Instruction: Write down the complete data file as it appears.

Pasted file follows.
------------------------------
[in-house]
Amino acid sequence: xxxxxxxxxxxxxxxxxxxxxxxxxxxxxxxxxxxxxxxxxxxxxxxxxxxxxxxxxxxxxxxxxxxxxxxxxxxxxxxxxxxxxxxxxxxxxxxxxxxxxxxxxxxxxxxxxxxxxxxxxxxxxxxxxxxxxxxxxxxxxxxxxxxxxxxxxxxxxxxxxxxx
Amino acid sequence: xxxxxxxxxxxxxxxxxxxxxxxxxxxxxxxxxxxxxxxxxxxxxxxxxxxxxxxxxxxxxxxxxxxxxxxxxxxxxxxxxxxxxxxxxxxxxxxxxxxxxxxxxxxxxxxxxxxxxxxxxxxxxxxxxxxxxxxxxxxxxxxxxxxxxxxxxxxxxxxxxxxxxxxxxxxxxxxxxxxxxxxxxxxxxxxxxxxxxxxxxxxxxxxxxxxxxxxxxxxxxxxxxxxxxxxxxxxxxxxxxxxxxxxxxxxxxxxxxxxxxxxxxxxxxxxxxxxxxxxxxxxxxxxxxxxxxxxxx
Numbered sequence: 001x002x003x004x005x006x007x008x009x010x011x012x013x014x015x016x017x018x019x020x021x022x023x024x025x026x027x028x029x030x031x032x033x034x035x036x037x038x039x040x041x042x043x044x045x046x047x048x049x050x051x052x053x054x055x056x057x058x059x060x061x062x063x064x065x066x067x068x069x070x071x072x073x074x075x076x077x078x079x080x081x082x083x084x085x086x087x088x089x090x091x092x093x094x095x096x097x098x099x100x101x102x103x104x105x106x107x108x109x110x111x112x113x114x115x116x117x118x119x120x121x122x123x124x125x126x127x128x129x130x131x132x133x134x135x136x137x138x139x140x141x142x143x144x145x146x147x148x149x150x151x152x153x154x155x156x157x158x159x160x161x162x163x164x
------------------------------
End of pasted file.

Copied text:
[in-house]
Amino acid sequence: xxxxxxxxxxxxxxxxxxxxxxxxxxxxxxxxxxxxxxxxxxxxxxxxxxxxxxxxxxxxxxxxxxxxxxxxxxxxxxxxxxxxxxxxxxxxxxxxxxxxxxxxxxxxxxxxxxxxxxxxxxxxxxxxxxxxxxxxxxxxxxxxxxxxxxxxxxxxxxxxxxxx
Amino acid sequence: xxxxxxxxxxxxxxxxxxxxxxxxxxxxxxxxxxxxxxxxxxxxxxxxxxxxxxxxxxxxxxxxxxxxxxxxxxxxxxxxxxxxxxxxxxxxxxxxxxxxxxxxxxxxxxxxxxxxxxxxxxxxxxxxxxxxxxxxxxxxxxxxxxxxxxxxxxxxxxxxxxxxxxxxxxxxxxxxxxxxxxxxxxxxxxxxxxxxxxxxxxxxxxxxxxxxxxxxxxxxxxxxxxxxxxxxxxxxxxxxxxxxxxxxxxxxxxxxxxxxxxxxxxxxxxxxxxxxxxxxxxxxxxxxxxxxxxxxx
Numbered sequence: 001x002x003x004x005x006x007x008x009x010x011x012x013x014x015x016x017x018x019x020x021x022x023x024x025x026x027x028x029x030x031x032x033x034x035x036x037x038x039x040x041x042x043x044x045x046x047x048x049x050x051x052x053x054x055x056x057x058x059x060x061x062x063x064x065x066x067x068x069x070x071x072x073x074x075x076x077x078x079x080x081x082x083x084x085x086x087x088x089x090x091x092x093x094x095x096x097x098x099x100x101x102x103x104x105x106x107x108x109x110x111x112x113x114x115x116x117x118x119x120x121x122x123x124x125x126x127x128x129x130x131x132x133x134x135x136x137x138x139x140x141x142x143x144x145x146x147x148x149x150x151x152x153x154x155x156x157x158x159x160x161x162x163x164x